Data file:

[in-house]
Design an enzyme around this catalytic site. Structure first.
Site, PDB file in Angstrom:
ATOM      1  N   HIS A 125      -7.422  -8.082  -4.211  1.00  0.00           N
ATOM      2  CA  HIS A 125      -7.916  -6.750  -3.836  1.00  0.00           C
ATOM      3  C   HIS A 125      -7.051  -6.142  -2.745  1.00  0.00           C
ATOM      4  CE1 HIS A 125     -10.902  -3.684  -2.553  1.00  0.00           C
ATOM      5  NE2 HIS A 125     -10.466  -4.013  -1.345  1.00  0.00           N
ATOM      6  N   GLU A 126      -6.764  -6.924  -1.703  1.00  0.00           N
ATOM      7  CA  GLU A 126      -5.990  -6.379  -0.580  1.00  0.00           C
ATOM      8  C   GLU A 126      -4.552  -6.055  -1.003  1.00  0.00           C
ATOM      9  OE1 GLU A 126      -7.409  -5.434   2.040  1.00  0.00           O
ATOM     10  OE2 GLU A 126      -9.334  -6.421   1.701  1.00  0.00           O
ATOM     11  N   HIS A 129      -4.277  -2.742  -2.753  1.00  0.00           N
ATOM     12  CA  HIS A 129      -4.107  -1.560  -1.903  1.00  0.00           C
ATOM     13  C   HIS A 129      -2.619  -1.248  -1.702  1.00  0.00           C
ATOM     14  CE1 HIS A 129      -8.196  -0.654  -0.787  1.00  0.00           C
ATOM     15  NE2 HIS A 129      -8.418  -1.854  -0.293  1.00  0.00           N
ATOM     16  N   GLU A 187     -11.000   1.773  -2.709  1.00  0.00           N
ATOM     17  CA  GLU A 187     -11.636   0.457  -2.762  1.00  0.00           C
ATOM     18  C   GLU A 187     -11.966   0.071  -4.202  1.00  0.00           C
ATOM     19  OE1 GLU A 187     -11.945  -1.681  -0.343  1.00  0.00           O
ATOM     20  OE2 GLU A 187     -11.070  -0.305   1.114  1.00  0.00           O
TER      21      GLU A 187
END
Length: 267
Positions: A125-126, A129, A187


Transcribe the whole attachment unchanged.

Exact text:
[in-house]
Design an enzyme around this catalytic site. Structure first.
Site, PDB file in Angstrom:
ATOM      1  N   HIS A 125      -7.422  -8.082  -4.211  1.00  0.00           N
ATOM      2  CA  HIS A 125      -7.916  -6.750  -3.836  1.00  0.00           C
ATOM      3  C   HIS A 125      -7.051  -6.142  -2.745  1.00  0.00           C
ATOM      4  CE1 HIS A 125     -10.902  -3.684  -2.553  1.00  0.00           C
ATOM      5  NE2 HIS A 125     -10.466  -4.013  -1.345  1.00  0.00           N
ATOM      6  N   GLU A 126      -6.764  -6.924  -1.703  1.00  0.00           N
ATOM      7  CA  GLU A 126      -5.990  -6.379  -0.580  1.00  0.00           C
ATOM      8  C   GLU A 126      -4.552  -6.055  -1.003  1.00  0.00           C
ATOM      9  OE1 GLU A 126      -7.409  -5.434   2.040  1.00  0.00           O
ATOM     10  OE2 GLU A 126      -9.334  -6.421   1.701  1.00  0.00           O
ATOM     11  N   HIS A 129      -4.277  -2.742  -2.753  1.00  0.00           N
ATOM     12  CA  HIS A 129      -4.107  -1.560  -1.903  1.00  0.00           C
ATOM     13  C   HIS A 129      -2.619  -1.248  -1.702  1.00  0.00           C
ATOM     14  CE1 HIS A 129      -8.196  -0.654  -0.787  1.00  0.00           C
ATOM     15  NE2 HIS A 129      -8.418  -1.854  -0.293  1.00  0.00           N
ATOM     16  N   GLU A 187     -11.000   1.773  -2.709  1.00  0.00           N
ATOM     17  CA  GLU A 187     -11.636   0.457  -2.762  1.00  0.00           C
ATOM     18  C   GLU A 187     -11.966   0.071  -4.202  1.00  0.00           C
ATOM     19  OE1 GLU A 187     -11.945  -1.681  -0.343  1.00  0.00           O
ATOM     20  OE2 GLU A 187     -11.070  -0.305   1.114  1.00  0.00           O
TER      21      GLU A 187
END
Length: 267
Positions: A125-126, A129, A187